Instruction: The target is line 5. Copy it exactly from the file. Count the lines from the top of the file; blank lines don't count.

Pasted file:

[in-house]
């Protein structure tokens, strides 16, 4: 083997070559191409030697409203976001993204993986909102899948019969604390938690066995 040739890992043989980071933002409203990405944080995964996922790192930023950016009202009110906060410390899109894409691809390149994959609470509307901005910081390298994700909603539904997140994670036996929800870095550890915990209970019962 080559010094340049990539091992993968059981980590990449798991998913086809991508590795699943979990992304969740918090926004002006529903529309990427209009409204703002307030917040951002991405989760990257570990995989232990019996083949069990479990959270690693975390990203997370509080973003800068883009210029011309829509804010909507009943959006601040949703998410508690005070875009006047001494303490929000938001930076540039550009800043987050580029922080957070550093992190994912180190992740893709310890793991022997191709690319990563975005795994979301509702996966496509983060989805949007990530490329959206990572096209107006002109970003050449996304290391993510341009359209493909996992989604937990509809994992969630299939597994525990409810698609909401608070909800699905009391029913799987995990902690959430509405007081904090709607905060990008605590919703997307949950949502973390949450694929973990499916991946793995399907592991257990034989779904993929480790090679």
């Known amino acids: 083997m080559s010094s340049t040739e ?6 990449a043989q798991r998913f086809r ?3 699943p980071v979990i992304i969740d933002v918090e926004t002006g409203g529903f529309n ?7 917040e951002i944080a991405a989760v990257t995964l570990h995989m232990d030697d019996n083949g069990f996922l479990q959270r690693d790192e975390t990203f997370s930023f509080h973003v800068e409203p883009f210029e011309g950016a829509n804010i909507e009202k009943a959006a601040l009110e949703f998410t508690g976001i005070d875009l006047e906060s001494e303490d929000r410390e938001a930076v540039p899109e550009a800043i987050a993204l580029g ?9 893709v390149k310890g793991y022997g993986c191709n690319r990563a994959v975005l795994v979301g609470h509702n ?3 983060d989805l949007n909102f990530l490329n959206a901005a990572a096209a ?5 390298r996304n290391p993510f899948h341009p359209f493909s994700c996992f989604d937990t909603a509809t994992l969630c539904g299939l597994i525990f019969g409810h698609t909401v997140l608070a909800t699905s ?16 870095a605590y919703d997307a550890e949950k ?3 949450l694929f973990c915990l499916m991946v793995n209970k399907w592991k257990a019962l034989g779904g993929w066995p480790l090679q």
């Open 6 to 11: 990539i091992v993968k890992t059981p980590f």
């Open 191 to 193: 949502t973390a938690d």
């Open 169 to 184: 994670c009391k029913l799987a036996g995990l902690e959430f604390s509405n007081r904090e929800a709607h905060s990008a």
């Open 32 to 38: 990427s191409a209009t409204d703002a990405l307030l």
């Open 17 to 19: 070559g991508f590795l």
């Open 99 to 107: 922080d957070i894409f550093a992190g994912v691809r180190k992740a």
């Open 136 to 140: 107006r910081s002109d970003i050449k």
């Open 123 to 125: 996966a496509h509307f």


């Open 191 to 193: 949502t973390a938690d």